MotleyJule: If you let people fail, they're taking risks and hopefully learning more the next time. There's a tongue-in-cheek saying at MS: "If you screw up, you get promoted!"

TMF Bogey: Julie, I have a tough one for you...

MotleyJule: oh oh

TMF Bogey: If Bill Gates were to step down tomorrow -- and retire -- would the company survive and prosper? Is the company stronger then any one leader?

MotleyJule: There's sort of this trickle down theory of Bill Culture at MS. His "generals" and their "lieutenants," etc., have mostly adopted his way of doing things. So the same intensity will continue -- not sure who the next visionary would be.

TMF Bogey: Bill's Army :)

TMF Czar: Rgsimmons asks: "Was it harder as a women to advance at Microsoft?"

MotleyJule: Not harder as a woman, but harder as a non-technical person -- no comp sci degree. That's something they really value (as you might imagine!) I have an MBA in Marketing, so I was not coding software.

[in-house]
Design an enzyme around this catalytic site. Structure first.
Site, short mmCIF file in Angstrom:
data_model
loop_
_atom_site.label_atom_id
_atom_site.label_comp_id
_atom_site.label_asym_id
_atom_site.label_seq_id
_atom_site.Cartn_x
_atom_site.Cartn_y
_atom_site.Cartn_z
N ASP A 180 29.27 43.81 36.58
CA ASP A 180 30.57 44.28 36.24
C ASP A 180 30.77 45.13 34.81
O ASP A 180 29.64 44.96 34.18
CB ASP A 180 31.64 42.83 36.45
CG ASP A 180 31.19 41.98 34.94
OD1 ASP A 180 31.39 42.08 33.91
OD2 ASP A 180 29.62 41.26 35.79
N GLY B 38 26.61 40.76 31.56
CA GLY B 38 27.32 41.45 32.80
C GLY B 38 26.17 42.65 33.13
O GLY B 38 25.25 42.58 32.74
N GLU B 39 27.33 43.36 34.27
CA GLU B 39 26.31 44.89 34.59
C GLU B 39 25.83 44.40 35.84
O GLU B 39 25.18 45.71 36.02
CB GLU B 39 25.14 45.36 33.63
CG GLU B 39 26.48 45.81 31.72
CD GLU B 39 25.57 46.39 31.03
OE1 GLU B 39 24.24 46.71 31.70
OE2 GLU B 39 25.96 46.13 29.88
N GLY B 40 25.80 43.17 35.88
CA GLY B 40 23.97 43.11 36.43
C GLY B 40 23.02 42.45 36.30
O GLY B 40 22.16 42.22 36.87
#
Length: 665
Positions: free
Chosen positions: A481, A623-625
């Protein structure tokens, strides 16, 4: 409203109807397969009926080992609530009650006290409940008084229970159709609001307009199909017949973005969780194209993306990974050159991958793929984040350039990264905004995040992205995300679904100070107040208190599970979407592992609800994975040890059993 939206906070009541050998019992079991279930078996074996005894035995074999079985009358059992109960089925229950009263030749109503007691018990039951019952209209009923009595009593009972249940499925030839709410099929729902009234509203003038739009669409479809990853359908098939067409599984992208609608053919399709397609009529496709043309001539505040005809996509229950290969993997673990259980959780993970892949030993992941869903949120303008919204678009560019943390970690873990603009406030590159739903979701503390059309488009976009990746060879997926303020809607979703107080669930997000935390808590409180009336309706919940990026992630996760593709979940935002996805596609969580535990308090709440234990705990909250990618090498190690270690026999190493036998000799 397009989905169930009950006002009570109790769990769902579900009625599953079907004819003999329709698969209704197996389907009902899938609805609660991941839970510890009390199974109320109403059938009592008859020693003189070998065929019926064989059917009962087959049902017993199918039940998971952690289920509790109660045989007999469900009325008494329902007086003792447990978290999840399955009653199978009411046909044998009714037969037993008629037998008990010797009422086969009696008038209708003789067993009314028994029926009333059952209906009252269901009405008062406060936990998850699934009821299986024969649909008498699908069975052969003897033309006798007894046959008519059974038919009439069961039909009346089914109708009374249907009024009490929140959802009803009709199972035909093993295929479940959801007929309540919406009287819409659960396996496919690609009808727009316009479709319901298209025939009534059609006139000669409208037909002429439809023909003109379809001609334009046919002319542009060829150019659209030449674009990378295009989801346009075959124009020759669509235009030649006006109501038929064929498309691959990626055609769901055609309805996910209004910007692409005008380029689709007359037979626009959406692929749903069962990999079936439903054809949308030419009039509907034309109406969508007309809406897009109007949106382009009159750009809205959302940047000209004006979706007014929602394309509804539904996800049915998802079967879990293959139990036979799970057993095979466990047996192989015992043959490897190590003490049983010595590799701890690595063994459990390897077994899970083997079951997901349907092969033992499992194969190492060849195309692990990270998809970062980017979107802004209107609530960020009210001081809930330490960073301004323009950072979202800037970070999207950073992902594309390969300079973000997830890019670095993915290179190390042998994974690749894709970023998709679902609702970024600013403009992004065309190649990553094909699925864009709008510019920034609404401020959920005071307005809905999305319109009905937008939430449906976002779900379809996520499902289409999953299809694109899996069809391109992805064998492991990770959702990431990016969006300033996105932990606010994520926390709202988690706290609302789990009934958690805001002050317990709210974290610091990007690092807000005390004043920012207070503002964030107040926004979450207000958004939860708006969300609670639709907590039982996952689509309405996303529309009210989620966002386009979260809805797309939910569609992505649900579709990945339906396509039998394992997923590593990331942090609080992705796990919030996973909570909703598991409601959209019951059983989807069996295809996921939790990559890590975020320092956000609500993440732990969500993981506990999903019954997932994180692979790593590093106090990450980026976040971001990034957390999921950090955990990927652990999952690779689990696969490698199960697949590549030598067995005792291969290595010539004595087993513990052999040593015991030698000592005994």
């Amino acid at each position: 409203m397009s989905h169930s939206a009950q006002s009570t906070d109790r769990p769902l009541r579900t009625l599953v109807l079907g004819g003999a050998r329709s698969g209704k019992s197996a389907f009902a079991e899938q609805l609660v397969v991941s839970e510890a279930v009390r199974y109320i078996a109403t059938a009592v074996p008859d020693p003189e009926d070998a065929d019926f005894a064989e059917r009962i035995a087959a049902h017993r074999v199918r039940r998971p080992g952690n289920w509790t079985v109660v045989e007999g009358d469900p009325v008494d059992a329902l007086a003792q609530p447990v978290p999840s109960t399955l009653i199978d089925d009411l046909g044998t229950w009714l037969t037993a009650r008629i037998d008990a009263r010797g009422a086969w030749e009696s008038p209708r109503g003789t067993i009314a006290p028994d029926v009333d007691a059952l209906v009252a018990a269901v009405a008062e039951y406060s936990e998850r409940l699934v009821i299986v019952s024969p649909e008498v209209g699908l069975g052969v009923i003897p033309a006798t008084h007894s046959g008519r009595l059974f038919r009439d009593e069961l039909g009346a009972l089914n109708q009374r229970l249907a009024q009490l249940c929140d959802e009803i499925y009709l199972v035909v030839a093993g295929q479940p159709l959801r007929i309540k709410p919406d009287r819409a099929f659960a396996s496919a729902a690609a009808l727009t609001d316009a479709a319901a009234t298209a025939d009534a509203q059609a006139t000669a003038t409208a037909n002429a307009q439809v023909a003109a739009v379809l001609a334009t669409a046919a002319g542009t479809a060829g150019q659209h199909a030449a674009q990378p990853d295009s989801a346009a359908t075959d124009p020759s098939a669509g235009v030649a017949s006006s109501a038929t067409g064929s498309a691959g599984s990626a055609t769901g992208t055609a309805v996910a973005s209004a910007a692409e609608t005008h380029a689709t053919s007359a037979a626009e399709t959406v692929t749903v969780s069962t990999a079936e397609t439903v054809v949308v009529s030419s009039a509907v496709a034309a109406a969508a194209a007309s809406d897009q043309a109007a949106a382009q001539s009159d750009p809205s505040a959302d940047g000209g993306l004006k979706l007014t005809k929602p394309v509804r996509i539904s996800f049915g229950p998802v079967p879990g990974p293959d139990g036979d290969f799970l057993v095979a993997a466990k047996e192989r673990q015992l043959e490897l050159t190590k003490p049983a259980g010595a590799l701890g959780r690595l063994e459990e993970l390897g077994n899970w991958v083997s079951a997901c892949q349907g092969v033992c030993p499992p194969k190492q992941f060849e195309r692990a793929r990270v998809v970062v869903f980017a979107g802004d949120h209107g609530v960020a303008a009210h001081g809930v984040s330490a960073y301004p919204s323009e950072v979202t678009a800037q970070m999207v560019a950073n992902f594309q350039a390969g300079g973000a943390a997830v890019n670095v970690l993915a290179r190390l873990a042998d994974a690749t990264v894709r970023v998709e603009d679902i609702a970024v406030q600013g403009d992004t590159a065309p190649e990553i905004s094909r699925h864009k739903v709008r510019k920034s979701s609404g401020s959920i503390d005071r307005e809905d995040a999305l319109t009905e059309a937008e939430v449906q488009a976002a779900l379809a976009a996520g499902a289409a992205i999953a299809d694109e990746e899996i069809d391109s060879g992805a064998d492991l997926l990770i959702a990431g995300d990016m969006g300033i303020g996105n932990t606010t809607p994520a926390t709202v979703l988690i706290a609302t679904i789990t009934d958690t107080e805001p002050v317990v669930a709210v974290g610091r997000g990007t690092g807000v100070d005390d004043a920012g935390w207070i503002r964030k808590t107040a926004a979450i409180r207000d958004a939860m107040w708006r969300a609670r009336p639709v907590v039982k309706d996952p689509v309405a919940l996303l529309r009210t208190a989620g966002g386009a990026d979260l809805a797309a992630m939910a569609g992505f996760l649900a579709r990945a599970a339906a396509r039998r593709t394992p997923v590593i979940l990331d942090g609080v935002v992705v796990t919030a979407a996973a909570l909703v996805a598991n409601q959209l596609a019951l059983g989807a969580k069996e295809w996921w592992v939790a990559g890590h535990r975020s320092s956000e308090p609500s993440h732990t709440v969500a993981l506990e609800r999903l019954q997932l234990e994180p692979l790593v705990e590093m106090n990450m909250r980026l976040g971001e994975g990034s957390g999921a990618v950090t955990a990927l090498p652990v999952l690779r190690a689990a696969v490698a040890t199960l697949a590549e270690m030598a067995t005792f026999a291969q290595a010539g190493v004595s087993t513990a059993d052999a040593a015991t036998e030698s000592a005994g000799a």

TMF Czar: KC4ML wonders: "From when to when did you work there?"

MotleyJule: 1990-1995. The company went from 5000 to 20,000 employees.

TMF Czar: Yowza!

TMF Bogey: Holy cow. Now, THAT's growth!

MotleyJule: We had the rock band 'CHICAGO' play at my first company meeting.

TMF Czar: One of our Fools, TMF Jeanie, asks: "Would you consider the 'Bill Culture' environment to be nurturing of the entrepreneurial spirit in its employees?"

MotleyJule: Yep! But with a twist. Instead of saying just, "How can you achieve your biz goals with half the $." They say, "What if your budget was doubled? What could you deliver?" Then you convince them to give you that extra budget.